Shy Willow stands up to a mean girl in her primary-grade classroom.
Kristabelle is the boss of the class that Willow is in, and when she invites everyone to her birthday party, Willow is thrilled. But if a classmate won’t sit at her lunch table or play what she wants at recess, she will cross them off her birthday list. Mateo won’t give up his turn as Line Leader, so Kristabelle crosses him off; Julian won’t wear pink when Kristabelle demands it, so the blonde, curly-headed girl crosses him off, too. Willow then bravely crosses her own name off, and so do all her friends, leaving Kristabelle alone. But Willow sits with the formerly mean girl when no one else will. Kristabelle apologizes to the whole class, and everyone comes to her party and has a fine time. The illustrations, brightly colored on white backgrounds, with figures sketched in the simplest of lines and dots, depict an ethnically mixed classroom of children. Putting aside the sexism inherent in only boys being blacklisted (or at least, the only ones willing to stand up to Kristabelle), it’s all too easily resolved, even for the second-graders this seems to be aimed at.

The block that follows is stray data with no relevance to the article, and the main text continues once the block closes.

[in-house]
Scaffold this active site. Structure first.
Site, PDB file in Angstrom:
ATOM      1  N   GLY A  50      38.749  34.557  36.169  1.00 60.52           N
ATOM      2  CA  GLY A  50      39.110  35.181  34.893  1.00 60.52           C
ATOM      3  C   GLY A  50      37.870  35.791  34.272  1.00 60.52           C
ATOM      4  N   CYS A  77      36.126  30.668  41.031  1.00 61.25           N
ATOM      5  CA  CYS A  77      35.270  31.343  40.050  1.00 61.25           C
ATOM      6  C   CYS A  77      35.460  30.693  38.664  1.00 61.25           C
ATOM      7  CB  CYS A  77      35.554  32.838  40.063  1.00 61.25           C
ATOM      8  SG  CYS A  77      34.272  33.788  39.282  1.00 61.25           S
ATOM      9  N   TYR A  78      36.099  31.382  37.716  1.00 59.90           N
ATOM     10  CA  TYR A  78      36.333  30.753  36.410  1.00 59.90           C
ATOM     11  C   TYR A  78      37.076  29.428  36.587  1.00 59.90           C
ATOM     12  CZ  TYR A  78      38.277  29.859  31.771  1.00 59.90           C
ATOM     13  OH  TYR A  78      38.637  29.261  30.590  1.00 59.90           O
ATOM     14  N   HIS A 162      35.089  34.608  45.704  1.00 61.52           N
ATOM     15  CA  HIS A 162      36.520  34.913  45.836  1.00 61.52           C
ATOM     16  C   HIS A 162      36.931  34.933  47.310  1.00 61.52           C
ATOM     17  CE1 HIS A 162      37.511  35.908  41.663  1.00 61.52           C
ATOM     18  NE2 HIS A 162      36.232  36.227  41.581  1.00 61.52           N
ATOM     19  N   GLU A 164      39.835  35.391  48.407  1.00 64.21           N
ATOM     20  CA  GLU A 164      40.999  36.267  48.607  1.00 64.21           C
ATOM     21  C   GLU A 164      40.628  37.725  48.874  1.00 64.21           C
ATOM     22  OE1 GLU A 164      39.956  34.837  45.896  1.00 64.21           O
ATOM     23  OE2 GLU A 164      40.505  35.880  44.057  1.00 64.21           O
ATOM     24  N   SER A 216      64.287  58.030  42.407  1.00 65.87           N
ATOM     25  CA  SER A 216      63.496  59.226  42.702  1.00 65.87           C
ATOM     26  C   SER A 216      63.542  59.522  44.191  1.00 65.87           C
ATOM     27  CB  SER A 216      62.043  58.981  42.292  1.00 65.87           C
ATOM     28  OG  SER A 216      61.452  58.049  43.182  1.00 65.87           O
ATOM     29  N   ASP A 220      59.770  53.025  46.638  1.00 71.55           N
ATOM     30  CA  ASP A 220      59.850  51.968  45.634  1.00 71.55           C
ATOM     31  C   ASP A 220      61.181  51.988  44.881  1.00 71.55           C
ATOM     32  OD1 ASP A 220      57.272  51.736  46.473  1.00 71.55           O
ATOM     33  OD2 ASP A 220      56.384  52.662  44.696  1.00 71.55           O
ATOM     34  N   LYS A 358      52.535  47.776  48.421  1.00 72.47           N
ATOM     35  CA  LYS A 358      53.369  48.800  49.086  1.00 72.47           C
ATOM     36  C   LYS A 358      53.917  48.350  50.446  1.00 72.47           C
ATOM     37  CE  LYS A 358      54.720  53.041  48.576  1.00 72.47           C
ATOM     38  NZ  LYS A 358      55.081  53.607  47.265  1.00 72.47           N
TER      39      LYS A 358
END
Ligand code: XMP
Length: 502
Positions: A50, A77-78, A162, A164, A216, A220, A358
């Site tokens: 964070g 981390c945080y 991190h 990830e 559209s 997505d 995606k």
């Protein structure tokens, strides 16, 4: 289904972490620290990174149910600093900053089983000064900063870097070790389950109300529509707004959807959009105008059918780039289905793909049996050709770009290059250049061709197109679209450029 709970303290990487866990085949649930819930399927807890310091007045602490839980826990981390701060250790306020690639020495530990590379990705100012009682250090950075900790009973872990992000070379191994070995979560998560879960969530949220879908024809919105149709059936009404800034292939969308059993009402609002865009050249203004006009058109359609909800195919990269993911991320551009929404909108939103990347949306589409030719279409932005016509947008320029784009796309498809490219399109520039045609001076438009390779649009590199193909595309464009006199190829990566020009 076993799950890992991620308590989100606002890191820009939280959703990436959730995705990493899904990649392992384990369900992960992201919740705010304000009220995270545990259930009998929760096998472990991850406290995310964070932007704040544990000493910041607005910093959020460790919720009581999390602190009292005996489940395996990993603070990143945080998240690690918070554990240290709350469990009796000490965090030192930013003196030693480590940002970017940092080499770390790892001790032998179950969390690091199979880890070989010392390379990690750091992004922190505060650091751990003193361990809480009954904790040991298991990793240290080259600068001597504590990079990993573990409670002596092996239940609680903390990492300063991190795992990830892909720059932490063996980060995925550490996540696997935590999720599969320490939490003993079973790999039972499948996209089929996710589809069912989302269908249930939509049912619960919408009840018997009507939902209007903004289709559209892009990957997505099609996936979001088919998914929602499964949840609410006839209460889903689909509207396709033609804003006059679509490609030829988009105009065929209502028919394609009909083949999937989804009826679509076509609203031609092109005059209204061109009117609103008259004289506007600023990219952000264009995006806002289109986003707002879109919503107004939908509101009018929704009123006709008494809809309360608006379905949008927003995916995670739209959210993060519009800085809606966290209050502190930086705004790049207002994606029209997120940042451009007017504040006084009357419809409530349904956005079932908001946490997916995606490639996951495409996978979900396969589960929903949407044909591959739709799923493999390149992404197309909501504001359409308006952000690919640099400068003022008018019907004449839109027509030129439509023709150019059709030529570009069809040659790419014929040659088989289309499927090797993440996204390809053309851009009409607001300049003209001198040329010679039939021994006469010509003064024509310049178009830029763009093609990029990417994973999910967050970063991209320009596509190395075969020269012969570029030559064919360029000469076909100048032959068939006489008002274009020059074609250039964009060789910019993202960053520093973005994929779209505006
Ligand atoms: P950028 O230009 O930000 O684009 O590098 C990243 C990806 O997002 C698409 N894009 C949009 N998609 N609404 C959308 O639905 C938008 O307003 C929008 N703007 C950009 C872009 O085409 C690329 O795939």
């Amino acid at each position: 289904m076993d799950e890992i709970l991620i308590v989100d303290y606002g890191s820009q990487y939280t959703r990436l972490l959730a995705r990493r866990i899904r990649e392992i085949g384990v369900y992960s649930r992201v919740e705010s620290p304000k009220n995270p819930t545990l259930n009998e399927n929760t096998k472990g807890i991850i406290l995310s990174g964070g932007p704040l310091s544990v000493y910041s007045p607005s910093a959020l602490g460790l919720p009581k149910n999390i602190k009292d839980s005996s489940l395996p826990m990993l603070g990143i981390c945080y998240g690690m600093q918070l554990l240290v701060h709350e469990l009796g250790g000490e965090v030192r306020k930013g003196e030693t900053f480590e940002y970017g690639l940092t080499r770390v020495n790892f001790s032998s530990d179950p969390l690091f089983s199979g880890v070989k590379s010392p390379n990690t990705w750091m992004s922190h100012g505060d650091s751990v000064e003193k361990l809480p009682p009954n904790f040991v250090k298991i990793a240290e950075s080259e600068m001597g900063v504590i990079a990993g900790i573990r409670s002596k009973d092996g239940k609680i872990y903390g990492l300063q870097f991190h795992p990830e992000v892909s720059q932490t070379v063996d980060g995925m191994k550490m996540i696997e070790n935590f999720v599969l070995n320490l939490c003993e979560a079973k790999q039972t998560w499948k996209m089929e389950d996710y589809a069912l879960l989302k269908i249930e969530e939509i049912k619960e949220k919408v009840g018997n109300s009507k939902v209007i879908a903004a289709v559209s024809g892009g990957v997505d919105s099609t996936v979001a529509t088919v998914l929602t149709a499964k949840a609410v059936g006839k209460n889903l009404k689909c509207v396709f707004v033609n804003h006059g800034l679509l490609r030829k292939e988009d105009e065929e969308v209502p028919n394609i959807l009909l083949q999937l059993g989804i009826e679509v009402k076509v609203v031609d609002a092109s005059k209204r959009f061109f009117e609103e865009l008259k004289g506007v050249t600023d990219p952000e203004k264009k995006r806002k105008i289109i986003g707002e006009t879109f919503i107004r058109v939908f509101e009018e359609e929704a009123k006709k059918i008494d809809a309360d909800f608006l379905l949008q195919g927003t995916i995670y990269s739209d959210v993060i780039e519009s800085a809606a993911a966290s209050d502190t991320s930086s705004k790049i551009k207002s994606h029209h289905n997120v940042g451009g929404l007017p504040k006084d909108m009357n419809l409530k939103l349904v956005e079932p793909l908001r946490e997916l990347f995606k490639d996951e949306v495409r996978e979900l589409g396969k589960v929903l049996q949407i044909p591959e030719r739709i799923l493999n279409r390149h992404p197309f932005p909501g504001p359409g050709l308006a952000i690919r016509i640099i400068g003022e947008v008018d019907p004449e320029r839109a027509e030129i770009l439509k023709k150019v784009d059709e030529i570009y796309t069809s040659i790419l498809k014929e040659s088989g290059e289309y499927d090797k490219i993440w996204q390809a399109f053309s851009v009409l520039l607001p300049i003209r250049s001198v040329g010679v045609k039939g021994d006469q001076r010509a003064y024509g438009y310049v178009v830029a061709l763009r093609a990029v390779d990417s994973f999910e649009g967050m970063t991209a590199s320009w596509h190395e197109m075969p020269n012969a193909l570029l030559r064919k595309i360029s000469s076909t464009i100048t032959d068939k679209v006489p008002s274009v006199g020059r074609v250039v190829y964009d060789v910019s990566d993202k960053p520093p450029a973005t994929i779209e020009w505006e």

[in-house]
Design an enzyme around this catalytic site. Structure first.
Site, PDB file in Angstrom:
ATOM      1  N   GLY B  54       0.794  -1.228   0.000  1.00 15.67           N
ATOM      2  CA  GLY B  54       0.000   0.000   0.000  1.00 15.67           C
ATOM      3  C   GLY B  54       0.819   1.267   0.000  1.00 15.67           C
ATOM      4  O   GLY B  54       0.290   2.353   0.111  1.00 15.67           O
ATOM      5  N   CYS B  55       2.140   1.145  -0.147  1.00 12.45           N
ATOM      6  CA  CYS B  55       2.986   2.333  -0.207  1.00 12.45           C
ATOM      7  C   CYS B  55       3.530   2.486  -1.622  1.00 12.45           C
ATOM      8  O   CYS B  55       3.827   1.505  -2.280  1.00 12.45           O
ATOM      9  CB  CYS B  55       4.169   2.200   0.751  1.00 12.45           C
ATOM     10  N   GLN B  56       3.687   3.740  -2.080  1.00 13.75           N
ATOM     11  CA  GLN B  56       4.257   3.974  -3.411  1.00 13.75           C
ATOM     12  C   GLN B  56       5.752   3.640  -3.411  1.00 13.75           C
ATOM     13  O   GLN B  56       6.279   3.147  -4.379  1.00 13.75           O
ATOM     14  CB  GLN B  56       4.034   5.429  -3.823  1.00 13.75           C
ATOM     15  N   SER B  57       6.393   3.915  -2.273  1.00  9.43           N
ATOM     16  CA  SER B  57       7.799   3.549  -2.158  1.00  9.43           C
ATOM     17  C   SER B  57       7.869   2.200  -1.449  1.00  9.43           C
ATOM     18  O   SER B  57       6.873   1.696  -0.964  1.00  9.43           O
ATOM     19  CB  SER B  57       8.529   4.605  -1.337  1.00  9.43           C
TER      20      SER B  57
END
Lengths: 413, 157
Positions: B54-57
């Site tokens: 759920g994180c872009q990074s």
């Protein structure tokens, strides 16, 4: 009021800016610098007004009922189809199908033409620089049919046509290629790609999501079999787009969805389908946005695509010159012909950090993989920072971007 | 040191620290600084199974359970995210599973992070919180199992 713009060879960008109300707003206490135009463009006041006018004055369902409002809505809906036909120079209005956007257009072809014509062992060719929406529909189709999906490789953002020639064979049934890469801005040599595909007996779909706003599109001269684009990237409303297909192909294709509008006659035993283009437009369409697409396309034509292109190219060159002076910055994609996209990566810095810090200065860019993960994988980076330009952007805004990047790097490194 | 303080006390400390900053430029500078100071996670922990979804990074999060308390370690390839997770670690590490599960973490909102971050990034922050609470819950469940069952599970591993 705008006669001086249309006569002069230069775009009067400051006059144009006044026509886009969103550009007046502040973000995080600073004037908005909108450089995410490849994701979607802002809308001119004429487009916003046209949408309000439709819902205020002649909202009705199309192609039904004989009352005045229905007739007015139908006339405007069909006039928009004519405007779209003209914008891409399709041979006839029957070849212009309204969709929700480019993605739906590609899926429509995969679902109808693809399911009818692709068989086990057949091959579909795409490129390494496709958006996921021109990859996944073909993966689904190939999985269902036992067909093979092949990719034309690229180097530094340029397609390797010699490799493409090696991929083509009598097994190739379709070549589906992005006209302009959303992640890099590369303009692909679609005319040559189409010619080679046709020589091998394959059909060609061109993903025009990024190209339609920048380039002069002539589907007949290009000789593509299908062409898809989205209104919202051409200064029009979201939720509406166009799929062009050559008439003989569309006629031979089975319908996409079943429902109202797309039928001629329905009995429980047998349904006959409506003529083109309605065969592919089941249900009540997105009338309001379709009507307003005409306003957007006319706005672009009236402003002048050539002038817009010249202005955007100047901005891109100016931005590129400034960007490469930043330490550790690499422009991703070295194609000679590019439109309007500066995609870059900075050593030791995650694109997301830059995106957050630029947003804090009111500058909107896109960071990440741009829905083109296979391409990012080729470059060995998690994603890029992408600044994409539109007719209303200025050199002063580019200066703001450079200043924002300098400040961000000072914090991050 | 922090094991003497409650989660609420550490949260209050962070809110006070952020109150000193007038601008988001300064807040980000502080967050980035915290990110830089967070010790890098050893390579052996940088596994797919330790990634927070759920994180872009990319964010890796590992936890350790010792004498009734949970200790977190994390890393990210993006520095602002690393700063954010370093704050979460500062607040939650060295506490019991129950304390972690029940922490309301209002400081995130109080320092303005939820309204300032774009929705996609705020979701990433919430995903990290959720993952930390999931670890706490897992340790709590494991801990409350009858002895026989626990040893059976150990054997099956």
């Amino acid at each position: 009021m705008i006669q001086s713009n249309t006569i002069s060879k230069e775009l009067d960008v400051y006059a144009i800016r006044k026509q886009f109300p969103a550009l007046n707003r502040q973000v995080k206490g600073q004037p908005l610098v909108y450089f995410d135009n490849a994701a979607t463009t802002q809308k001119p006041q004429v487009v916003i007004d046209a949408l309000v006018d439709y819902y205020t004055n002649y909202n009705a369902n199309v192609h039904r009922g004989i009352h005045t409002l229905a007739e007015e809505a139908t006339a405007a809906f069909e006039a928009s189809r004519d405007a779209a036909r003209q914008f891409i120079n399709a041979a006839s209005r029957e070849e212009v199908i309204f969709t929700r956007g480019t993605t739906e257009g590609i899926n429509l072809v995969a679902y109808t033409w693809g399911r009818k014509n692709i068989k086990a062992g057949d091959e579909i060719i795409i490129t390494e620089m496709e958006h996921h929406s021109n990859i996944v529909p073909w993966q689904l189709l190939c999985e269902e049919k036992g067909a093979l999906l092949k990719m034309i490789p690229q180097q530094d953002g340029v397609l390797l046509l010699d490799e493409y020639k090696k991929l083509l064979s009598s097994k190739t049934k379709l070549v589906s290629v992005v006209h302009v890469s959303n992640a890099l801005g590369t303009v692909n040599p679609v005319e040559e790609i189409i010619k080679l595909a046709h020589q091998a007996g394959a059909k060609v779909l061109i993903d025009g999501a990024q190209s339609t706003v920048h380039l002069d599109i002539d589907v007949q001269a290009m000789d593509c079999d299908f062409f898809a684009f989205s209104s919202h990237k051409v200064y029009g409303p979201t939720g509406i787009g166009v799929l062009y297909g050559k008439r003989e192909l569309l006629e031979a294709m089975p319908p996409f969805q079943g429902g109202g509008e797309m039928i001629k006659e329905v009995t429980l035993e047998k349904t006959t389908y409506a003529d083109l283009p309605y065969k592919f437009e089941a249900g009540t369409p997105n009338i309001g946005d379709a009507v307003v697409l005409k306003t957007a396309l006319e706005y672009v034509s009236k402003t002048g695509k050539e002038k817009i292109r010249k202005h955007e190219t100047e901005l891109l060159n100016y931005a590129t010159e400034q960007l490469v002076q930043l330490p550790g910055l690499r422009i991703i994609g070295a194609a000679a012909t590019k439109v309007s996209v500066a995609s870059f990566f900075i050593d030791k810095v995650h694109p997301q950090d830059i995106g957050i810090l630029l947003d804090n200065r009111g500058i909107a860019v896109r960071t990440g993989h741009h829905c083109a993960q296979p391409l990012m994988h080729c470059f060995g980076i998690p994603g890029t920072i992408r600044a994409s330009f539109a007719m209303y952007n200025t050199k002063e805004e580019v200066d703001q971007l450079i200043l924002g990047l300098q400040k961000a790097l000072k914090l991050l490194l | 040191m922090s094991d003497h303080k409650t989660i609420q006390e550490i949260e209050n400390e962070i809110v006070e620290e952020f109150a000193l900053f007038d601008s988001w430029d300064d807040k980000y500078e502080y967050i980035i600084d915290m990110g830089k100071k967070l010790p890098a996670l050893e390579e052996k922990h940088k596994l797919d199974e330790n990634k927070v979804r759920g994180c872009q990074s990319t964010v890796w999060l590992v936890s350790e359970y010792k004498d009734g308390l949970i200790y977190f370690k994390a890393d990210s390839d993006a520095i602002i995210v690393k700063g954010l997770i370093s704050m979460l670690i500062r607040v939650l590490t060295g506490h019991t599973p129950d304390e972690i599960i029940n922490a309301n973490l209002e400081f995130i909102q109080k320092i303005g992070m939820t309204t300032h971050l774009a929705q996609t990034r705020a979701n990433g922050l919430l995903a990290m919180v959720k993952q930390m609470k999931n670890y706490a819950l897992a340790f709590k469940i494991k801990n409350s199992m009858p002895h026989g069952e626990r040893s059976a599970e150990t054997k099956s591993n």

There is meanness and bullying at every level in schools, and it needs to be addressed in stories as well as in real life, but they must be honest stories in which the lesson does not outweigh the tale. (Picture book. 4-8)